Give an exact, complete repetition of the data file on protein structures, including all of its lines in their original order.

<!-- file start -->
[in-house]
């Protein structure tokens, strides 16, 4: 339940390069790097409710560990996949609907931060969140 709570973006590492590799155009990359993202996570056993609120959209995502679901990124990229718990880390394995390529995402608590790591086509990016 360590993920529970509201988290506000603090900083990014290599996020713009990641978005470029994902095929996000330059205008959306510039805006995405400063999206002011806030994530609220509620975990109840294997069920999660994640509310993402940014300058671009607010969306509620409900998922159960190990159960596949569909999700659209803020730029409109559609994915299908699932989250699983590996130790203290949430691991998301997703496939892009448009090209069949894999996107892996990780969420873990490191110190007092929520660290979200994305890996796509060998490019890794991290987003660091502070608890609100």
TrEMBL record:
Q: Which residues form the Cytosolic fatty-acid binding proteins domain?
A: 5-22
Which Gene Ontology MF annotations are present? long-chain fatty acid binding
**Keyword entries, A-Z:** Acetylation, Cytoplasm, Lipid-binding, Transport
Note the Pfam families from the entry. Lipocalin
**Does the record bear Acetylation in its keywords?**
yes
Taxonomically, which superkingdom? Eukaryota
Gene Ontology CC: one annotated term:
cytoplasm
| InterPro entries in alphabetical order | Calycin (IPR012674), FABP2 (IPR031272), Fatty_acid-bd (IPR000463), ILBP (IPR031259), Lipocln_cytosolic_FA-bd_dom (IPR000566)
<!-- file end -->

[in-house]
């Protein structure tokens, strides 16, 4: 339940390069790097409710560990996949609907931060969140 709570973006590492590799155009990359993202996570056993609120959209995502679901990124990229718990880390394995390529995402608590790591086509990016 360590993920529970509201988290506000603090900083990014290599996020713009990641978005470029994902095929996000330059205008959306510039805006995405400063999206002011806030994530609220509620975990109840294997069920999660994640509310993402940014300058671009607010969306509620409900998922159960190990159960596949569909999700659209803020730029409109559609994915299908699932989250699983590996130790203290949430691991998301997703496939892009448009090209069949894999996107892996990780969420873990490191110190007092929520660290979200994305890996796509060998490019890794991290987003660091502070608890609100």
TrEMBL record:
Q: Which residues form the Cytosolic fatty-acid binding proteins domain?
A: 5-22
Which Gene Ontology MF annotations are present? long-chain fatty acid binding
**Keyword entries, A-Z:** Acetylation, Cytoplasm, Lipid-binding, Transport
Note the Pfam families from the entry. Lipocalin
**Does the record bear Acetylation in its keywords?**
yes
Taxonomically, which superkingdom? Eukaryota
Gene Ontology CC: one annotated term:
cytoplasm
| InterPro entries in alphabetical order | Calycin (IPR012674), FABP2 (IPR031272), Fatty_acid-bd (IPR000463), ILBP (IPR031259), Lipocln_cytosolic_FA-bd_dom (IPR000566)